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Michael Hampe


The Teachings of Philosophy – A Critique


Discussion Paper


B.Contestabile     admin@socrethics.com      Oct 2014





Table of Contents


Preliminary Note


1.   Doctrinal Philosophy

2.   Philosophy as Demarcation

3.   Philosophy as Self-Entertainment

4.   Philosophy as Standardization

5.   Philosophy as Economic Competition

6.   Philosophy as Disorientation




Newspaper Articles









Preliminary Note



The aim of the present text is to provide suggestions for a discussion on the teachings of philosophy.






- The theses in this paper are not quotes but interpretations based on the specified passages of the book [ ].

- Sections with a white background are explanations and comments.

- The book is written in German. A translated excerpt is available from The Teachings of Philosophy – A Critique.




1.  Doctrinal Philosophy


A doctrine (from Latin doctrina , teaching) is a system of statements .

By a doctrinal philosophy we mean in the following a system of statements, which – without scientific basis – raises a claim on general validity. Doctrinal philosophies can develop into dogmas if they regard their claim to truth as irrefutable. Doctrinal philosophizing is a proclaiming of truth and not – like the Socratic philosophizing – a search for truth.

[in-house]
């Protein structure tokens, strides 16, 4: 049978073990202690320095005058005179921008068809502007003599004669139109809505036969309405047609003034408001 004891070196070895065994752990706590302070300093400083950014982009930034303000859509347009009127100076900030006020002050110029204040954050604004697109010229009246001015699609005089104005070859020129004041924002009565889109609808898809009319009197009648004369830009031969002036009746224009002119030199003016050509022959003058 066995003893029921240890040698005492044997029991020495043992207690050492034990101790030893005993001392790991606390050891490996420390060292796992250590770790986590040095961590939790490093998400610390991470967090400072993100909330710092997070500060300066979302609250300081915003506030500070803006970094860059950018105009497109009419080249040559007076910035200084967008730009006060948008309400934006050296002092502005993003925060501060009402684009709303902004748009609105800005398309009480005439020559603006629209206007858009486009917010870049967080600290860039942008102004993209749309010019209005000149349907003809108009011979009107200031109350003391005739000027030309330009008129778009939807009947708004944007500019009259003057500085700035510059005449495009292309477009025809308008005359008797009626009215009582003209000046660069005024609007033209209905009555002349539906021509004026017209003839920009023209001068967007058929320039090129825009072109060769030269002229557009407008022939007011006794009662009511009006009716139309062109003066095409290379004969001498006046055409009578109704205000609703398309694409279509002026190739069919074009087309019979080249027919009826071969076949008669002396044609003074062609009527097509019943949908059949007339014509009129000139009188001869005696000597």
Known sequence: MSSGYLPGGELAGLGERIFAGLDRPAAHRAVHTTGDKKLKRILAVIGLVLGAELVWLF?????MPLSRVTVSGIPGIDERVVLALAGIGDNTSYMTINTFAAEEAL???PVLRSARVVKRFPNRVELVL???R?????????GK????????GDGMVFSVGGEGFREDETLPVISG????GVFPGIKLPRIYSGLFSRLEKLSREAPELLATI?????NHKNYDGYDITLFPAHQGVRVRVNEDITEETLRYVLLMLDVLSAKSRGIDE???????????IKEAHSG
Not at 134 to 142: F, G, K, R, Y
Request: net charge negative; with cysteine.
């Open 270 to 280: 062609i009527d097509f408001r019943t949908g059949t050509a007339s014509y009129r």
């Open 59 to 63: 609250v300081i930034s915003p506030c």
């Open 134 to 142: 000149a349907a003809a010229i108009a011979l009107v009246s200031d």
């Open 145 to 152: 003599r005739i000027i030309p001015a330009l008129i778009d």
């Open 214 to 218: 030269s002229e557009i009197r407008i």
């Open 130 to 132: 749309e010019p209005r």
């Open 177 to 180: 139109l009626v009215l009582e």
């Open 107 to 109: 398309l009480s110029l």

Because the concept of truth is an object of investigation in philosophy itself, it can take different meanings depending on the field of knowledge:

-        In the natural sciences truth is associated with mathematical provability and experimental verifiability.

-        In the social sciences and the humanities the concept of truth is heterogeneous and the subjective influence of the recognizing person cannot be completely eliminated. The task of the theory here is often to clarify the concepts, which are used in the assertions [O'Grady, 225].